Joseph Tainter: Utah State Historian Discusses Changes to U.S. Energy Future

Utah State University anthropologist and historian, Joseph Tainter spoke on Tuesday about energy gain and issues dealing with our future energy.

Tainter discussed the immediate future of energy in our uses of oil. He said that half of the oil consumed by the human race was used since 1984.

Tainter began by showing several examples of energy and energy yields. He discussed ants in South America as well as the Roman Empire to compare the effects on society during changes from high gains to low gains in energy.

"A future based on low gain, renewable energy may be more damaging than our current energy system," Tainter said.

When the energy yields high gains, the resources are abundant, concentrated, but use is inefficient and may be quickly depleted. However, with low gains, the resources are scarce, dispersed and may last a very long time with little surplus per capita.

For example, if the U.S. would change its energy from petroleum to ethanol it would need 75 percent of global agricultural land to replace petroleum.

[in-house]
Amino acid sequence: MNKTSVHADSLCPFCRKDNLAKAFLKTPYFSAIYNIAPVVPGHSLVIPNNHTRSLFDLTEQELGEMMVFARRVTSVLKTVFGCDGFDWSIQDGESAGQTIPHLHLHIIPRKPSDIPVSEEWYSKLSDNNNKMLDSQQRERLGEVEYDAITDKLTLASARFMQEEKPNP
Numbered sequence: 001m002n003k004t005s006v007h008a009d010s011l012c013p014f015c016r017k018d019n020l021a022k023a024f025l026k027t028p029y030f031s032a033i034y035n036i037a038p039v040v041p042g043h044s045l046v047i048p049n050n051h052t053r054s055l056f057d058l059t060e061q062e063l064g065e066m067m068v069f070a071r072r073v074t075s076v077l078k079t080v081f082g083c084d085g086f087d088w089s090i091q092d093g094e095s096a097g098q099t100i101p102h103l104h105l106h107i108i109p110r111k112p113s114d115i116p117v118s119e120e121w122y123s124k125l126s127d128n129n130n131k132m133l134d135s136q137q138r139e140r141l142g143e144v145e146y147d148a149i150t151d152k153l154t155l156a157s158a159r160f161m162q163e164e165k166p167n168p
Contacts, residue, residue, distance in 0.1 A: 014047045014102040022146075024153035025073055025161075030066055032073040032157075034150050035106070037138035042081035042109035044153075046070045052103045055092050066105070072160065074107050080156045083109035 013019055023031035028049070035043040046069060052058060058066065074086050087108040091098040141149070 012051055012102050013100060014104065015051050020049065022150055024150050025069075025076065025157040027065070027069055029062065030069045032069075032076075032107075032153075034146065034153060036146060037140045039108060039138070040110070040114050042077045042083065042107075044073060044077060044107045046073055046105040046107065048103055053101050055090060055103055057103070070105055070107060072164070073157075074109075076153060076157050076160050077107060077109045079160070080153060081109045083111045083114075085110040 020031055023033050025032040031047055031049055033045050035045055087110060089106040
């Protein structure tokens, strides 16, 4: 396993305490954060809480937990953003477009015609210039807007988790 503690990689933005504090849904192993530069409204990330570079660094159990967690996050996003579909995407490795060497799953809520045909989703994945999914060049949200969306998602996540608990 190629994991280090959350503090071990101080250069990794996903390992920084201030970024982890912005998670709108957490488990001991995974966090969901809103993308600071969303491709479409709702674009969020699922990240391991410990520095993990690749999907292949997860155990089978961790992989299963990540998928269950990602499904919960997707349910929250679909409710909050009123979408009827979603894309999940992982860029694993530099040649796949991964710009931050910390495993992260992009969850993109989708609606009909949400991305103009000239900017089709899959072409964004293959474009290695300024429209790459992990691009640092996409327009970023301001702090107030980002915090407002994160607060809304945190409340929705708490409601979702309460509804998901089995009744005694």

"Costly problem solving undermines fiscal strength and can leave a society vulnerable to further challenges," Tainter said. "89 percent of our resources are non-renewable."

Some thoughts given about the future of our global energy future will be "a matter of human behavior, not just resources," it will be expensive and thus will affect our standard of living, he said. We need real leadership in energy and resources arena, and not impediments.

"I think the future will not be handed to you on a platter," Tainter said. "You need to step up and make some things happen, and the best way to start is through awareness."

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